July 9, 2009
Going mobile: UWTV branches out to YouTube, smart phones
People tune into UWTV for all manner of reasons — to watch reports on UW medical research, notable campus lectures, historical programming, to hear UW leaders addressing current issues, and much more.
But viewer habits are changing; increasingly, people want content to come to them, on their computer or over their smart phone — so UWTV is responding.
In May, the station launched a new channel at www.youtube.com. The YouTube channel is one of about 10 UW-related channels in the UW Group — the official YouTube group of the UW — offering the best in research, science, medicine and humanities videos from about 60 UW colleges and schools. The station also is part of YouTube EDU, which offers videos and channels from more than 200 colleges, universities and educational organizations.
The new platform also will make UWTV more accessible via smart phones. Those using iPhones can add a sleek new application by bringing up http://m.youtube.com/UWTV on their Safari browsers and tapping the plus (+) sign and then “add to home.” Users of other types of smart phone can visit the site through their browser and bookmark or save the page as needed.
The move to YouTube is in keeping with UWTV’s ongoing work to stay current on broadcast and technology trends, said Phillippa Kassover, UWTV senior director of development and external relations. “UWTV has lived for a long time under the umbrella of UW Technology, and as such has always been focused on keeping up with, and in fact being a leader in, new technologies.”
She said UWTV, which also manages a national consortium of content providers called ResearchChannel, was participating in Google Video even before Google bought YouTube. “Similarly, we talked with Apple very early in the creation of iTunes U, and we were one of the early educational content providers.”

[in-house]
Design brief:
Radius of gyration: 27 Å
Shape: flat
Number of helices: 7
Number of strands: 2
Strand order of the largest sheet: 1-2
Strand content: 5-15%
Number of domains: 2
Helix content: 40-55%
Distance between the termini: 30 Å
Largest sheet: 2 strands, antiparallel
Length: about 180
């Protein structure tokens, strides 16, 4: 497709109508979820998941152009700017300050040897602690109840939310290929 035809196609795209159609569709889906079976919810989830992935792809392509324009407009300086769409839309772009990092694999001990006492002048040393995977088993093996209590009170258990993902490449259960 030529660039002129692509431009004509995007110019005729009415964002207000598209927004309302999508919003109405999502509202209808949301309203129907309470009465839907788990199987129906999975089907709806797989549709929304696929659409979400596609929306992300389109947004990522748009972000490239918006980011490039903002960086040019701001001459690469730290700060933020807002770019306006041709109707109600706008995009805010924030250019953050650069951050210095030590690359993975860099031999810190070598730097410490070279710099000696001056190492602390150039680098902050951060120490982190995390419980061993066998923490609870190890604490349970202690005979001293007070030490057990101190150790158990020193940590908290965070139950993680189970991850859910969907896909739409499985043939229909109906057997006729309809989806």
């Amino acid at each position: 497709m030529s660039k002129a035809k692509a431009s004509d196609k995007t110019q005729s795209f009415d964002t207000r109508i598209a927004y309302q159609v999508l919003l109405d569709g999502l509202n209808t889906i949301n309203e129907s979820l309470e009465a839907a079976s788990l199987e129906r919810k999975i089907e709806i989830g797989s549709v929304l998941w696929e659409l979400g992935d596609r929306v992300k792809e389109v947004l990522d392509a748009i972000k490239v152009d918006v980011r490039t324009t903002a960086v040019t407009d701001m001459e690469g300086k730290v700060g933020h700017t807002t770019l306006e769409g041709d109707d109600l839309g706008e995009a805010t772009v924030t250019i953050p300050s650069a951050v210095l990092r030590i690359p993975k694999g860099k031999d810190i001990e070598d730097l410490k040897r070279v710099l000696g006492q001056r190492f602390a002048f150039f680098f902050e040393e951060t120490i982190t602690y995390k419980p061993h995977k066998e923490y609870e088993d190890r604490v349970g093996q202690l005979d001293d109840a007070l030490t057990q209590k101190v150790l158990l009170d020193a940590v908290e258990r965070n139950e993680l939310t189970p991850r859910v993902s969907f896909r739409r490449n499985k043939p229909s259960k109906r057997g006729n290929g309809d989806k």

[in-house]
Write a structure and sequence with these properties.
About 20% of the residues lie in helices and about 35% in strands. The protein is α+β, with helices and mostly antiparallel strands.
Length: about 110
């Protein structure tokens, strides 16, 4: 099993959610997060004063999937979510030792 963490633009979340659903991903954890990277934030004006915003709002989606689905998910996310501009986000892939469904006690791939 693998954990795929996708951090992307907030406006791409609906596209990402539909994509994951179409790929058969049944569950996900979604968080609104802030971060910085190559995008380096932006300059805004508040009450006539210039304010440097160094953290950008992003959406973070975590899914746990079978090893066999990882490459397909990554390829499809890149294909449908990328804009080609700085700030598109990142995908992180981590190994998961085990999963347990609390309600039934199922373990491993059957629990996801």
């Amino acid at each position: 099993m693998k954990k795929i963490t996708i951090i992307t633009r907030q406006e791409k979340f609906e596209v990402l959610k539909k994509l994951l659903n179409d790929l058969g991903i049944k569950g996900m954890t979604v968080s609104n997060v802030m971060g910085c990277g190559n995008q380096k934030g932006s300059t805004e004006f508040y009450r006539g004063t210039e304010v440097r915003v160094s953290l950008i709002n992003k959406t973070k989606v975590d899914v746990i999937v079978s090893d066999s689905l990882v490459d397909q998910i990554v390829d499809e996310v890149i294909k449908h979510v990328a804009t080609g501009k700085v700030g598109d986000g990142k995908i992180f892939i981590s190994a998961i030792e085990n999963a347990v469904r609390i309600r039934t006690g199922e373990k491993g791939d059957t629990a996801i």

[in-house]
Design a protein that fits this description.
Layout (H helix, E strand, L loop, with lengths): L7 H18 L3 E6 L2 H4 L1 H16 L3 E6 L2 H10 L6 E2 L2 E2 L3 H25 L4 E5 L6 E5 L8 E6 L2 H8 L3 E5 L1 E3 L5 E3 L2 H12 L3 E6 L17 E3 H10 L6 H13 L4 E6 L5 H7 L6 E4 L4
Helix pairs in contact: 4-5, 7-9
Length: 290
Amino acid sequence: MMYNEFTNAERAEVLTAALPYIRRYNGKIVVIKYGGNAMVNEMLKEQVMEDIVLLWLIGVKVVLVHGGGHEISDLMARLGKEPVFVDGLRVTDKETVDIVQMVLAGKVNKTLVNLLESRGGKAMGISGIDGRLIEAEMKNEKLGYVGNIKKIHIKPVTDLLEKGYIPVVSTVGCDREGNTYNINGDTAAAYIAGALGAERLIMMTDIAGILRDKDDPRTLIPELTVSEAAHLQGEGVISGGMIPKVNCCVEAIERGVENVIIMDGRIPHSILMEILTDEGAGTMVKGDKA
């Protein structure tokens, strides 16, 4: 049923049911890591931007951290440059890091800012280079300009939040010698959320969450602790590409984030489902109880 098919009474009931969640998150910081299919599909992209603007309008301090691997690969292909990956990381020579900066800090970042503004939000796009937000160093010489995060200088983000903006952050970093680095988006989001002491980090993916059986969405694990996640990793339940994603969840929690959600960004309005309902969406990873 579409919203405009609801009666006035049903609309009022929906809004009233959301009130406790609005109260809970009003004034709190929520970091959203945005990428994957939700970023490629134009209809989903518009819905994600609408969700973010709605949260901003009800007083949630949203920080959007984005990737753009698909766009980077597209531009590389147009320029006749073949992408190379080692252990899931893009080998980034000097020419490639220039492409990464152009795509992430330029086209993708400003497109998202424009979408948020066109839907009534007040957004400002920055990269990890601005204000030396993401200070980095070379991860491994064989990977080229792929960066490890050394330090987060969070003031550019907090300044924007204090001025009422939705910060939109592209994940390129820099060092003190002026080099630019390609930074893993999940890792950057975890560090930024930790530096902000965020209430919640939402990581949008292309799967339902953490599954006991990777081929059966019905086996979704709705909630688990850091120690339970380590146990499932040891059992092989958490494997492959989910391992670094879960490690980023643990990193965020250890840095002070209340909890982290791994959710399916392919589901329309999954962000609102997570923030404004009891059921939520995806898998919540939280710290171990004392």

The latest move increases UWTV’s presence on both YouTube and iTunes U, she said.
“You know, ‘any place any time’ is the mantra of YouTube and the mobile devices,” Kassover said. “If faculty and staff have a long bus ride and want to keep current on goings on at the UW, (with a smart phone) they can keep up with things they might not otherwise have been able to.”
The UW community has shown great interest in watching campus events and activities on UWTV over the years. The Mini-Medical School series are among the most often-watched programs as is The Psychology of Blink: Understanding How Our Minds Work Unconsciously, one of the Allen L. Edwards Psychology Lectures series. And of course people are still accessing the lecture Bill Gates Unplugged: On Software, Innovation, Entrepreneurship and Giving Back, delivered April 25, 2008 in Kane Hall.
Another very popular series of videos now available both at YouTube and through iTunes U, Kassover said, is UW History Professor Quintard Taylor’s five-part series The African American West, 1528-2000. It’s an older program, she said, but UWTV has gotten so many e-mails praising it they went back and re-encoded it for the new platform.
Other popular broadcasts, Kassover said, have been those of the Dalai Lama’s Seattle visit and The Long Journey Home: Honoring UW Nikkei Students of 1941-1942, about the 2008 ceremony to honor Japanese American UW students forced into internment campus during World War II.
She noted, too, that the increased availability of such videos on YouTube and smart phone helps UW alumni track the doings of their alma mater from afar.
Kassover added that UWTV is undergoing many changes these days and for viewers to “stay tuned … we hope there’s going to be even more of interest to watch in coming months.”
Harry Hayward, director of electronic media for Media Relations and Communications, praised UWTV for its recent expansion. “UWTV has been a leader in getting UW content up in all of the new channels for video distribution,” he wrote in an e-mail. “Their content anchors a growing presence on YouTube and iTunes by over 20 UW units. Consistent branding through the use of color and the purple W is bringing a family feel to all of our video assets. YouTube is a great channel for getting the UW message out to a wide audience.”
To learn more about UWTV and its programs, and to sign up for its campus newsletter, visit online at http://www.uwtv.org/.